Why Should I Cash In My Whole Life Insurance Policy?
There are very few reasons you should continue making payments towards whole life insurance. The principle reason for owning whole life insurance is to ease the burden on someone who would suffer financially by your death. Fewer consumers are focusing on that reason alone. You may have used your whole life insurance to diversify your investment portfolio, in which case you are essentially treating it like an asset. As an asset whole life has some benefits, but many more flaws. This means that the money you would earn as a lump-sum payment could go into a wide array of other investment vehicles that would have better annualized returns.
First, you are probably paying monthly premiums. These premiums drastically increase the length of your break-even period. In addition, the front-loaded nature of the investment into the policy makes other investments much more attractive. Very few insurance policies actually pay dividends. Those policies that do pay dividends typically have an annualized return of fewer than 2%. Many certificates of deposit pay out between 2-3% of the principle, if you don’t consider taxes. These are some of the most safe investment vehicles with the exception of treasury bills. Also, larger principle investments yield much higher rates over time.
Even if a dividend were included, it would not cover the cost of the monthly premium, and would still come out to a lower return than the CD. Other investments yield dividends, as well. For example mutual funds are a great way to grow money without much risk. Cashing in your whole life insurance could give you a nice amount to seed an initial mutual fund investment.
Mutual fund owners are required to pay capital gains taxes, but these are at a much lower rate than income taxes. Even though insurance policy holders can avoid tax payments, they still require monthly premium payments. These variables cancel each other out, so the only point of comparison remains in the rates of return. Most mutual funds (specializing in low volatility markets) have rates of return in excess of 5%. Insurance policies rarely beat 2%. So, for incurring a little bit more risk you would stand to make 3% more on the money you invest.
There are a lot of different options. If you are seeking tax free contributions, you can cash in your whole life insurance policy to start a Roth IRA account. These should be an integral portion of your investment portfolio. You can contribute up to 5,000 dollars annually. Though the insurance policy is tax-deferred as well, the cumulative nature of growth is a great retirement fund seed. As a pure investment strategy, the whole life insurance policy yields far fewer benefits that a Roth IRA.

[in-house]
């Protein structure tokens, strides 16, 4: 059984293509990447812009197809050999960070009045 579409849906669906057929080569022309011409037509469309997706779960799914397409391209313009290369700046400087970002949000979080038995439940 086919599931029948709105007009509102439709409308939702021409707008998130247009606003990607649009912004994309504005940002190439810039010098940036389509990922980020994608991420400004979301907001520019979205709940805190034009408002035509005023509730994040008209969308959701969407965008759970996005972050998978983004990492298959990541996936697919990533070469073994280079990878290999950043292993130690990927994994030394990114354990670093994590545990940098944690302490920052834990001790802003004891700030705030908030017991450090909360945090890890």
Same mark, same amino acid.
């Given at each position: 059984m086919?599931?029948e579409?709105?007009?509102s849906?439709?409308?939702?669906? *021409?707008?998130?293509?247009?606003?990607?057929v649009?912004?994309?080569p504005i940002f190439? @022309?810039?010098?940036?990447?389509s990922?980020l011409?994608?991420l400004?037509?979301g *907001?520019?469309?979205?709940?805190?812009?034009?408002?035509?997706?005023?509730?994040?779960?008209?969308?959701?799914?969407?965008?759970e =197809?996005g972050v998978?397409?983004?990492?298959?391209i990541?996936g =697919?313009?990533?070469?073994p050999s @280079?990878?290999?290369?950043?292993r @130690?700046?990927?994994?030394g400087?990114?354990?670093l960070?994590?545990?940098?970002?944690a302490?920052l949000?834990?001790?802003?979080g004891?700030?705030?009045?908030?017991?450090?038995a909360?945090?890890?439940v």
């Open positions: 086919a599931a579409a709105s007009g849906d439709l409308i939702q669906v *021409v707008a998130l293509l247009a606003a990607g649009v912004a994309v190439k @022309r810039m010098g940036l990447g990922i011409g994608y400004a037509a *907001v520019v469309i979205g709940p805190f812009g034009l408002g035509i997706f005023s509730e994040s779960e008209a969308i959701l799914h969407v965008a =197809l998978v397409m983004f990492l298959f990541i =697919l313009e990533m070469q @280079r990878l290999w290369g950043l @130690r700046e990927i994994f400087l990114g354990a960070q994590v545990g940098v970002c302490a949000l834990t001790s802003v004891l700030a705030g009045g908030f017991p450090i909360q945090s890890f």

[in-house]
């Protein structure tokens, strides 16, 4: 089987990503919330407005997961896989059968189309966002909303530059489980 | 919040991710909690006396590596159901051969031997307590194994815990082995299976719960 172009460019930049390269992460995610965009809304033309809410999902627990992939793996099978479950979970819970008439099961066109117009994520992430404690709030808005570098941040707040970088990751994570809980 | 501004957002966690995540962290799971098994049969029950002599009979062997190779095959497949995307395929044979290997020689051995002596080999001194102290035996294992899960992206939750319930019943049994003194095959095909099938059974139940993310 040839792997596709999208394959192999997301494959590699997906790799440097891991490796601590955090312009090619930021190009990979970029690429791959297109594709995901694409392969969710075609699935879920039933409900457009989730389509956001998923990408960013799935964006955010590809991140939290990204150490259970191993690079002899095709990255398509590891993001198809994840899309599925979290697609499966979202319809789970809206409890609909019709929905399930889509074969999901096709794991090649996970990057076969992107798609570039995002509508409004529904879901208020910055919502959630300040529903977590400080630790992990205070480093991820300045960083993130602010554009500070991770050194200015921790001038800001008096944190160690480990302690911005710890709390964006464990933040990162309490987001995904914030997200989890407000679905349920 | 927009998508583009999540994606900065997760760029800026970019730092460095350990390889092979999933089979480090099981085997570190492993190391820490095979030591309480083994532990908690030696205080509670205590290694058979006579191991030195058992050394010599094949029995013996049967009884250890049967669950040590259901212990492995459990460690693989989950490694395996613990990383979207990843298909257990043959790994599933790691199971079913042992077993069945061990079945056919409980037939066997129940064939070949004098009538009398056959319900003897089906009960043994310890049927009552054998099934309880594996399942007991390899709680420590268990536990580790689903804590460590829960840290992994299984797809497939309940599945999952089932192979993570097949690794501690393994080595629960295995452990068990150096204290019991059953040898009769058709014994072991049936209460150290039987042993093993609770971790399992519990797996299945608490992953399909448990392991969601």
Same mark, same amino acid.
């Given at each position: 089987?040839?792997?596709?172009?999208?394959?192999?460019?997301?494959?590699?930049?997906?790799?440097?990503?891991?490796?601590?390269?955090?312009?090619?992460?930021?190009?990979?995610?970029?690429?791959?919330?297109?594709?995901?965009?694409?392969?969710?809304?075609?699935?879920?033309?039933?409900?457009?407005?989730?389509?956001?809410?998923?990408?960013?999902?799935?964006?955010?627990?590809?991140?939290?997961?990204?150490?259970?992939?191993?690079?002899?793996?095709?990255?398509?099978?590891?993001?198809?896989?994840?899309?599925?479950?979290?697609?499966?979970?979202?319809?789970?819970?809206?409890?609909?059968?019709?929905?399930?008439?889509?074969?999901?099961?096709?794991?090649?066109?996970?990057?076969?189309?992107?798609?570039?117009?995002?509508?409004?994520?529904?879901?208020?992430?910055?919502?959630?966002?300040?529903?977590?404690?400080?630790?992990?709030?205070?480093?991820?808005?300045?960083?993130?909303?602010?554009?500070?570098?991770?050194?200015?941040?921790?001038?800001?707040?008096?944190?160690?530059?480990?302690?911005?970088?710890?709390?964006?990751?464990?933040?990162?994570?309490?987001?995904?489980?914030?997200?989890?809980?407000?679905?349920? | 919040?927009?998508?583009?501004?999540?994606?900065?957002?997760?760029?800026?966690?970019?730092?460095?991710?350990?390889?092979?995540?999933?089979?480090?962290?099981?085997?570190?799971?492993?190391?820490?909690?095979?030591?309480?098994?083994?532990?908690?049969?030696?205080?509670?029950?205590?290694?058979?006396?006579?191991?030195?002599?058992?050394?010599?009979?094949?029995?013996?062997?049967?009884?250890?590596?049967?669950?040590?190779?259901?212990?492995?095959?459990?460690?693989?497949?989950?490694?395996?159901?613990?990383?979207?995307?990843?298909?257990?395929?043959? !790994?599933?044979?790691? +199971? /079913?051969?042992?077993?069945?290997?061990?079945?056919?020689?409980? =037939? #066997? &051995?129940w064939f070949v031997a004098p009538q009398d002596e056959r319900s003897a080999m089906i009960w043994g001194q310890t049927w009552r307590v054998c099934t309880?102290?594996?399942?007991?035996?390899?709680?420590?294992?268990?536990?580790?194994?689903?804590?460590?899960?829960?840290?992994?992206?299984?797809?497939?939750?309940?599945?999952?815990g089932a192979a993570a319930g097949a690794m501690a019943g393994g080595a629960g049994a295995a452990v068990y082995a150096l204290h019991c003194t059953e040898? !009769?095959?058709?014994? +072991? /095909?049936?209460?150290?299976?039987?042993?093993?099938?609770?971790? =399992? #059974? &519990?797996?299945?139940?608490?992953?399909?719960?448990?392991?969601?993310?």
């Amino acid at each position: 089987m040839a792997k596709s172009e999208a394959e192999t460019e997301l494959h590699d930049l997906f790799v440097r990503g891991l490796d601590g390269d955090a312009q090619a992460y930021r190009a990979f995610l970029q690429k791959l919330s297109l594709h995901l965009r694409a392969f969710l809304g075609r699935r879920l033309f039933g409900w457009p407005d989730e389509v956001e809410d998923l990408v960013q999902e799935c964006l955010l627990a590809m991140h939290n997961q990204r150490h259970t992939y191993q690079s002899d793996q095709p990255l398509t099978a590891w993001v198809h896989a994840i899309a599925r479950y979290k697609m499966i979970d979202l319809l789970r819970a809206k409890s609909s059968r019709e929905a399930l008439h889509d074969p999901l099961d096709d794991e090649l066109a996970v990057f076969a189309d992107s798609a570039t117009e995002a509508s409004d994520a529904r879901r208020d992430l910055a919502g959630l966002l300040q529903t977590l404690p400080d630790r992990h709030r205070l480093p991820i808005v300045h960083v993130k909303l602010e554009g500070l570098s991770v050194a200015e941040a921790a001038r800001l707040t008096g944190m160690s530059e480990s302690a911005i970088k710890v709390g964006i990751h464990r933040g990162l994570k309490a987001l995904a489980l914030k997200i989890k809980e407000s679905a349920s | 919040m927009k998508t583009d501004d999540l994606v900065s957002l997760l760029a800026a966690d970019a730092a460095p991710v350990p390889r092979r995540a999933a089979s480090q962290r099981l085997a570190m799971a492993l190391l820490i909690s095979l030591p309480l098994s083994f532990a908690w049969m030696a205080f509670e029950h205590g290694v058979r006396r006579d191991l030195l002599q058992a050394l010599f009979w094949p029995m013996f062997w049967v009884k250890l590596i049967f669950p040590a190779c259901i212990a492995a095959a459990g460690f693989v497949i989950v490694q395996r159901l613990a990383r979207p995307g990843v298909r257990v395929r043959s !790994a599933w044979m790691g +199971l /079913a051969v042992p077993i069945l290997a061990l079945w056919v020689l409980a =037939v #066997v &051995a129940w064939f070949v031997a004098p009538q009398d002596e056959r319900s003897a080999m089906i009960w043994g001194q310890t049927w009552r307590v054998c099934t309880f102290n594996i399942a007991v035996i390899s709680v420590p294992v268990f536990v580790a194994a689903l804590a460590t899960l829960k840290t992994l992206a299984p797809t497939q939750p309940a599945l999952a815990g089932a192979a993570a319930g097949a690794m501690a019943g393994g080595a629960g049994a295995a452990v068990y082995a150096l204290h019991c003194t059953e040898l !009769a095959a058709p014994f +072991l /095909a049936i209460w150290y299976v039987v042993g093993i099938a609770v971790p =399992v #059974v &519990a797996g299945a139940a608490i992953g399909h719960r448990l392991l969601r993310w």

These are just a few of the many reasons you should consider cashing in your policy. The return rate of a whole insurance policy barely keeps pace with insurance at current rates. Also, if you are looking to reduce outstanding debt, then the cash would reduce further damage to your credit rating.
Why Sell Your Convertible Term Life Insurance?
To fully understand the nuances of Convertible Term Life Insurance, it is important to understand the breakdown of the two components of the policy. First, the “term” portion of the policy refers to the period of coverage. Someone with term coverage pays for a specific amount of time, ranging anywhere from one year to thirty years. Universal coverage is the alternative to term coverage, and it refers to an individual being insured for a lifetime.
The Convertible portion of the policy allows the insured individual to convert to a whole life insurance policy at a later date. The convertible policy also allows the insured individual to pay lower rates in the preliminary stages of their lives. The payments eventually balloon as time progresses to account for the higher cost of advanced age. However, the convertible policy holder can change their policy to whole life insurance. At this point they would pay substantially lower their payments.
The convertible term life insurance policy is a poor choice of investment. Most large, front load investments such as CD’s outpace the annualized 1 to 2% returns that this type of policy typically generates.
Is it really worth your time to own these policies? You must take several factors into account when you consider whether or not it is worth your while or not. First, you have to decide if your health is really in such poor shape that you have the potential to lose your life abruptly. There are internal and external factors to consider. First do you exercise, and make it a point to consume proper nutrition? If so, then you are at a much lower risk of suffering from an abrupt ailment.
Next you’ll have to consider you habits. Are you the type of person who enjoys regular skydiving? How about base-jumping, or diving? If you don’t regularly do these things, or things like this you are at a very low risk of abrupt death. If you do exercise and refrain from high risk activity, there is no immediate need for the term insurance, especially when you could realize between 3-6% annually realistically.